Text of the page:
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How Not to Become the Next Pakistan

Author: Ed Husain, Adjunct Senior Fellow for Middle Eastern Studies
July 7, 2013


Egypt is beginning to self-destruct in slow motion. The euphoria about Morsi's fall is shallow and shortsighted. Yes, Morsi blundered at almost every turn. A Muslim Brotherhood apparatchik, he epitomized the organization that produces sheep-like followers, adherents, yes-men. Morsi was not a leader. Even beyond the personal issues, the malaise is deep within Egypt's largest political movement. But the military coup against Morsi has created many more problems than solved.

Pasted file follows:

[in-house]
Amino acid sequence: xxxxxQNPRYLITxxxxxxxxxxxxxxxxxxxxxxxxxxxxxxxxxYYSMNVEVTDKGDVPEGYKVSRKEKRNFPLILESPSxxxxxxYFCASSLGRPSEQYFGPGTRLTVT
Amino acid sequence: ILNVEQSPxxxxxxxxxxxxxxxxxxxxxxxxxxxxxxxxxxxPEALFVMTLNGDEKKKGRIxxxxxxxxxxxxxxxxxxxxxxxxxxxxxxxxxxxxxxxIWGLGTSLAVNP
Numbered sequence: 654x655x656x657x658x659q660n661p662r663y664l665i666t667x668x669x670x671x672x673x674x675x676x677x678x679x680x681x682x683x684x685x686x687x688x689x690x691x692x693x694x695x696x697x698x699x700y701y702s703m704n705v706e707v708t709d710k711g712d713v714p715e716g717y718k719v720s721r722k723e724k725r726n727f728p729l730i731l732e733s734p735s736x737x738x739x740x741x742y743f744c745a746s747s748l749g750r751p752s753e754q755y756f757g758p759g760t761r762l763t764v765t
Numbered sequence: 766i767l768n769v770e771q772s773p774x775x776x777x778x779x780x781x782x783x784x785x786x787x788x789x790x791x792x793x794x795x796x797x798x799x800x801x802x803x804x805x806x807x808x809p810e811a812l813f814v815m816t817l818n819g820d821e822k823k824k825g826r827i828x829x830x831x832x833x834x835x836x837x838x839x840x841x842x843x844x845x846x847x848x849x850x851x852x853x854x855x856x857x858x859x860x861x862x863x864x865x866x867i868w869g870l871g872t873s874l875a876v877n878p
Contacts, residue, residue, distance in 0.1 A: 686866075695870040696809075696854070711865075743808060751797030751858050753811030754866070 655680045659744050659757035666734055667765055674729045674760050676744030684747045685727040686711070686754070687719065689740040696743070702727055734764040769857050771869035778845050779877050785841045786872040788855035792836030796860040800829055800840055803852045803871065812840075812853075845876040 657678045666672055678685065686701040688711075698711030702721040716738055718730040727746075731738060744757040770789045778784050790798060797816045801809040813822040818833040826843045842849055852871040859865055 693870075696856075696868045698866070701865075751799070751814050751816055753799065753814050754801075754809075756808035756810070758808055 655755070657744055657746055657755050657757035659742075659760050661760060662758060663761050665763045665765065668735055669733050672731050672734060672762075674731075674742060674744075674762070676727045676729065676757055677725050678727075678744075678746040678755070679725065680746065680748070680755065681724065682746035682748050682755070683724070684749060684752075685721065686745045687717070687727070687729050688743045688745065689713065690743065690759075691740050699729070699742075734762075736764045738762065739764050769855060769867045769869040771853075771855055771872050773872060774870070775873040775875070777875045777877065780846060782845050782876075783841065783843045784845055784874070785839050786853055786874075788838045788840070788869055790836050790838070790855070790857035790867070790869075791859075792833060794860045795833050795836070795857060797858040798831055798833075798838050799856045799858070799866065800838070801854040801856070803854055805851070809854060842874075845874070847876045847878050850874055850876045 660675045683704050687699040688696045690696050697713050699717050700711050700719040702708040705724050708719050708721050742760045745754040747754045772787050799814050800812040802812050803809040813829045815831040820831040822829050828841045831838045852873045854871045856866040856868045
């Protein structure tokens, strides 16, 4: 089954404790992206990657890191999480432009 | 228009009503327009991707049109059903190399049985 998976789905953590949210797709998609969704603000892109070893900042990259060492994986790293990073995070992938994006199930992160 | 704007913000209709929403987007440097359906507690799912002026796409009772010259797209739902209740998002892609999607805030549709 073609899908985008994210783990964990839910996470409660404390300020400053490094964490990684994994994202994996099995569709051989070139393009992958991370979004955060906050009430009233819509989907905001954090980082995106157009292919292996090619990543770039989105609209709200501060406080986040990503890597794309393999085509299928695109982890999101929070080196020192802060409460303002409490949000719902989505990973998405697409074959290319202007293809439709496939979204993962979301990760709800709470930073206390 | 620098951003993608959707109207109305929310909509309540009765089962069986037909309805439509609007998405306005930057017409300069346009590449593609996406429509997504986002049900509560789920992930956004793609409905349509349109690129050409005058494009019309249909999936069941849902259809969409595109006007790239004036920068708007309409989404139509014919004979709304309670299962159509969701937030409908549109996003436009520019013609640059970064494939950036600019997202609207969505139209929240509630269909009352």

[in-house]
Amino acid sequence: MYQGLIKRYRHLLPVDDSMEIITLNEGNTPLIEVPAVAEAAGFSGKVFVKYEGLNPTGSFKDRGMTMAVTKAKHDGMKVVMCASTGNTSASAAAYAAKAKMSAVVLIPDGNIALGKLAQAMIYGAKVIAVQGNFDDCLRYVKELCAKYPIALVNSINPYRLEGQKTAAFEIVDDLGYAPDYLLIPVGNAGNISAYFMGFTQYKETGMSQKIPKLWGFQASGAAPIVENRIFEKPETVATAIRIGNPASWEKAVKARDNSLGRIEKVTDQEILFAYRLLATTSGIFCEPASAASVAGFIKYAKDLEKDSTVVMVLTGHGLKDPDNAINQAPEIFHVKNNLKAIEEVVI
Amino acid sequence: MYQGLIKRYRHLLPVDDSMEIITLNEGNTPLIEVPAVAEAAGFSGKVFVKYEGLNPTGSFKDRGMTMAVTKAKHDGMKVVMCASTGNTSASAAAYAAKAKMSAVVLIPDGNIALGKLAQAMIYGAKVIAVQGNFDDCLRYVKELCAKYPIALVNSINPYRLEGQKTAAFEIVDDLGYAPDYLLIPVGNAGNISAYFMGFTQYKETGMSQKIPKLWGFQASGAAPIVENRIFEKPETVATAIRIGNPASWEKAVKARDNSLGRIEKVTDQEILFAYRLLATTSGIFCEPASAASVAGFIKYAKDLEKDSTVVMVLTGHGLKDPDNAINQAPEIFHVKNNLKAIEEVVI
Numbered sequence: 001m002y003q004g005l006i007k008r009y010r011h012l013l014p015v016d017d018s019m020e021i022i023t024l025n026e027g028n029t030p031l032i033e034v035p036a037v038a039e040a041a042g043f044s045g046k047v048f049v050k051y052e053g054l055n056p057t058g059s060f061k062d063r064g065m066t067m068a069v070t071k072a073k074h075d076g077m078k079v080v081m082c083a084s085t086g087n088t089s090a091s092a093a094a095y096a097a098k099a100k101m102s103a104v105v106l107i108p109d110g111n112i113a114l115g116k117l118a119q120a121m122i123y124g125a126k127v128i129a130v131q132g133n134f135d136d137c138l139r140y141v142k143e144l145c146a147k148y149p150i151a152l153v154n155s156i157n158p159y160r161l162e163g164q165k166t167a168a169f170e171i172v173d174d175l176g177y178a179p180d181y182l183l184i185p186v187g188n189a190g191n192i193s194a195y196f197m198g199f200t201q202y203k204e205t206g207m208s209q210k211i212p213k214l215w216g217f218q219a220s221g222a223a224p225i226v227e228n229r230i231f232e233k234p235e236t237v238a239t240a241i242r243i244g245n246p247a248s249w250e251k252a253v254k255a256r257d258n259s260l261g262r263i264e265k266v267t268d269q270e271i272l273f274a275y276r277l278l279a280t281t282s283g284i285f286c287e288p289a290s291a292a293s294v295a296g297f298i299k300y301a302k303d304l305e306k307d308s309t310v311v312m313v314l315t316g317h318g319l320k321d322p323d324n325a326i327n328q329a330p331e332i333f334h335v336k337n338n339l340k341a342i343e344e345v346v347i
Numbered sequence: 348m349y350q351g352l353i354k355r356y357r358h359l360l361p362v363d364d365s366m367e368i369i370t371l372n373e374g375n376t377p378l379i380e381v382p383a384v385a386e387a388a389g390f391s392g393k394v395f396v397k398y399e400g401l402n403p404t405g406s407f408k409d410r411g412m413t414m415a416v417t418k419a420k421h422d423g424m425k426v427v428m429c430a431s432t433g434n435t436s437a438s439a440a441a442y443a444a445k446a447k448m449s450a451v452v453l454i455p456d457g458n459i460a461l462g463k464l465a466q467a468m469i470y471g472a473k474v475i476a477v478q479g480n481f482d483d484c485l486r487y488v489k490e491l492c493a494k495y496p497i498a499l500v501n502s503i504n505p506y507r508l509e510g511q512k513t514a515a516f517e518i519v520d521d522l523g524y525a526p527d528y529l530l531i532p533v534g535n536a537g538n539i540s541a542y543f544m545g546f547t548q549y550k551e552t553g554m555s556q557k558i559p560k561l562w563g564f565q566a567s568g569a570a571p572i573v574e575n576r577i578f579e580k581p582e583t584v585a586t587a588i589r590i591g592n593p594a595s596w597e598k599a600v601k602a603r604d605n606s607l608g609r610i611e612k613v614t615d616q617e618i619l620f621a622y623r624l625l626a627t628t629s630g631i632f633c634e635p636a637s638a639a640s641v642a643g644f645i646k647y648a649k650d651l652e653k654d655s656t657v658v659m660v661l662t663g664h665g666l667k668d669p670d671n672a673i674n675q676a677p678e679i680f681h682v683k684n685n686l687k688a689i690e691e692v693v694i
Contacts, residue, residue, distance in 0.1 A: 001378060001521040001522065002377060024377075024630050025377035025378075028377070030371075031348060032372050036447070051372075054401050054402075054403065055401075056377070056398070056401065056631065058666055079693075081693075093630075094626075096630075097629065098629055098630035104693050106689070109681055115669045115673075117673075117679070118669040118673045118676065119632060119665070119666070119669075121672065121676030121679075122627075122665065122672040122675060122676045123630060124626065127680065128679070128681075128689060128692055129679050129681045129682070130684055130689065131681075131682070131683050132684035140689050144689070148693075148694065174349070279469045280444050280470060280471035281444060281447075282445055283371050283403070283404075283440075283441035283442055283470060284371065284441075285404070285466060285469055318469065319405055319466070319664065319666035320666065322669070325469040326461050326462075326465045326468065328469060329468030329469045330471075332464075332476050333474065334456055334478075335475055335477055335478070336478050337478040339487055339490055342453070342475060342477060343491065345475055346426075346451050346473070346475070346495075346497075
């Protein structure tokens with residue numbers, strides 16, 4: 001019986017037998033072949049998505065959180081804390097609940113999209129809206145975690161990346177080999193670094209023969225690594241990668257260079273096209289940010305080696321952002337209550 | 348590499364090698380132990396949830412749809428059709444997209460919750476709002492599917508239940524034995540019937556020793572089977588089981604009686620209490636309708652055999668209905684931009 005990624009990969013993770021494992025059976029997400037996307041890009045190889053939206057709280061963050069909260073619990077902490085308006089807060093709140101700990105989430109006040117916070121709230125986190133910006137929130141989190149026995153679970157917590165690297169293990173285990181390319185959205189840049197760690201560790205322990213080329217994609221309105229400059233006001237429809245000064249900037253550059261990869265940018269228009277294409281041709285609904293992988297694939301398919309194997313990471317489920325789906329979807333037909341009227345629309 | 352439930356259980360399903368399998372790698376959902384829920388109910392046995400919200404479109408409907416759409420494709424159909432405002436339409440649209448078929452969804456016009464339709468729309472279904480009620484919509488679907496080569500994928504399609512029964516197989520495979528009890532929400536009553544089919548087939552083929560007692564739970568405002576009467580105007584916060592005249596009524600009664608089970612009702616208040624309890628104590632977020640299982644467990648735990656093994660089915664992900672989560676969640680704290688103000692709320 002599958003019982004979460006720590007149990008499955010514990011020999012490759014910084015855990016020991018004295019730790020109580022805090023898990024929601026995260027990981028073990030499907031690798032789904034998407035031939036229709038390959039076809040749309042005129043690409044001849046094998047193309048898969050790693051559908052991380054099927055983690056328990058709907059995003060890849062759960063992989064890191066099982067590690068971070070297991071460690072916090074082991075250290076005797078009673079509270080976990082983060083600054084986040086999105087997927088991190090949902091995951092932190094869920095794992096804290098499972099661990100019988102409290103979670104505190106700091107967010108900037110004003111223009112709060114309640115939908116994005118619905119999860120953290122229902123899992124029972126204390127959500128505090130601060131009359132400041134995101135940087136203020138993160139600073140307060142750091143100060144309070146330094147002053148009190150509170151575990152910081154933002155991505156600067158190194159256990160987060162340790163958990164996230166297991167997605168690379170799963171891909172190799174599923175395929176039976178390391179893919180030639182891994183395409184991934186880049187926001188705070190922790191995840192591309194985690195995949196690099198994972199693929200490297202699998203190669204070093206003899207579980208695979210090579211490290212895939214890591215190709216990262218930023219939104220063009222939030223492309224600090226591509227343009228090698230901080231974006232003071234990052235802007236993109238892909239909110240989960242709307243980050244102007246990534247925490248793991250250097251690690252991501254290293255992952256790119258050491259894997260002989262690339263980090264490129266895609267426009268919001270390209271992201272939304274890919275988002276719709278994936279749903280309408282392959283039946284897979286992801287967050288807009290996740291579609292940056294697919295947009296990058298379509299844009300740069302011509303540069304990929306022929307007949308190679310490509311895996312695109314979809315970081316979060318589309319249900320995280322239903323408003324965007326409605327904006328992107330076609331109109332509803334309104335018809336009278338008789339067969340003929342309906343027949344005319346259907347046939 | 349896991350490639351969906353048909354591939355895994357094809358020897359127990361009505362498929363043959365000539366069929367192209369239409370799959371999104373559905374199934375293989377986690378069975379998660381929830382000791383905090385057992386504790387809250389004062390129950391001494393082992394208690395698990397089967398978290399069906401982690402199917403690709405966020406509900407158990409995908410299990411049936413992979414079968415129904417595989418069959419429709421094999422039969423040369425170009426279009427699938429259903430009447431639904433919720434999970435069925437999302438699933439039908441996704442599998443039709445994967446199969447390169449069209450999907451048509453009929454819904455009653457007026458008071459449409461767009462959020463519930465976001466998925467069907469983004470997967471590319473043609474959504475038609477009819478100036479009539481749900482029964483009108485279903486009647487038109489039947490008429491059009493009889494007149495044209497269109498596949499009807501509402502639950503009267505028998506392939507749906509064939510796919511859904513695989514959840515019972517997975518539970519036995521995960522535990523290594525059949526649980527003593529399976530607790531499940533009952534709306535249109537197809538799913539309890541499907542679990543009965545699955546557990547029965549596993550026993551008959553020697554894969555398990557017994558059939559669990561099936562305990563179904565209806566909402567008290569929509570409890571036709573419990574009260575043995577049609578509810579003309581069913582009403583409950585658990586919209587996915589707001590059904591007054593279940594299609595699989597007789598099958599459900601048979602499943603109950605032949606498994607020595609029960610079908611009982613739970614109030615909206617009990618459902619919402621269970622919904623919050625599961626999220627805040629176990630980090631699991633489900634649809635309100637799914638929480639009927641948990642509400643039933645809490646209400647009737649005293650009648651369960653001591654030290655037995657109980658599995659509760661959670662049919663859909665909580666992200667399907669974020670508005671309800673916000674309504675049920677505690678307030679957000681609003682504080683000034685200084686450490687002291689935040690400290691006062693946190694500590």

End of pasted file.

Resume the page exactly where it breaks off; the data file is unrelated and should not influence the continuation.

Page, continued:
First, the Brotherhood will not disappear. They have survived Gamal Abdel Nasser, Anwar el-Sadat and Hosni Mubarak. They are at their best when they are persecuted: They find new recruits, wallow in victimhood, campaign and prepare for political power anew. They will do so with renewed energy. The continuing arrests and persecution of Brotherhood leaders will strengthen their mentality of being God's soldiers. And here's the rub: if free elections are held again, they will most likely win again.

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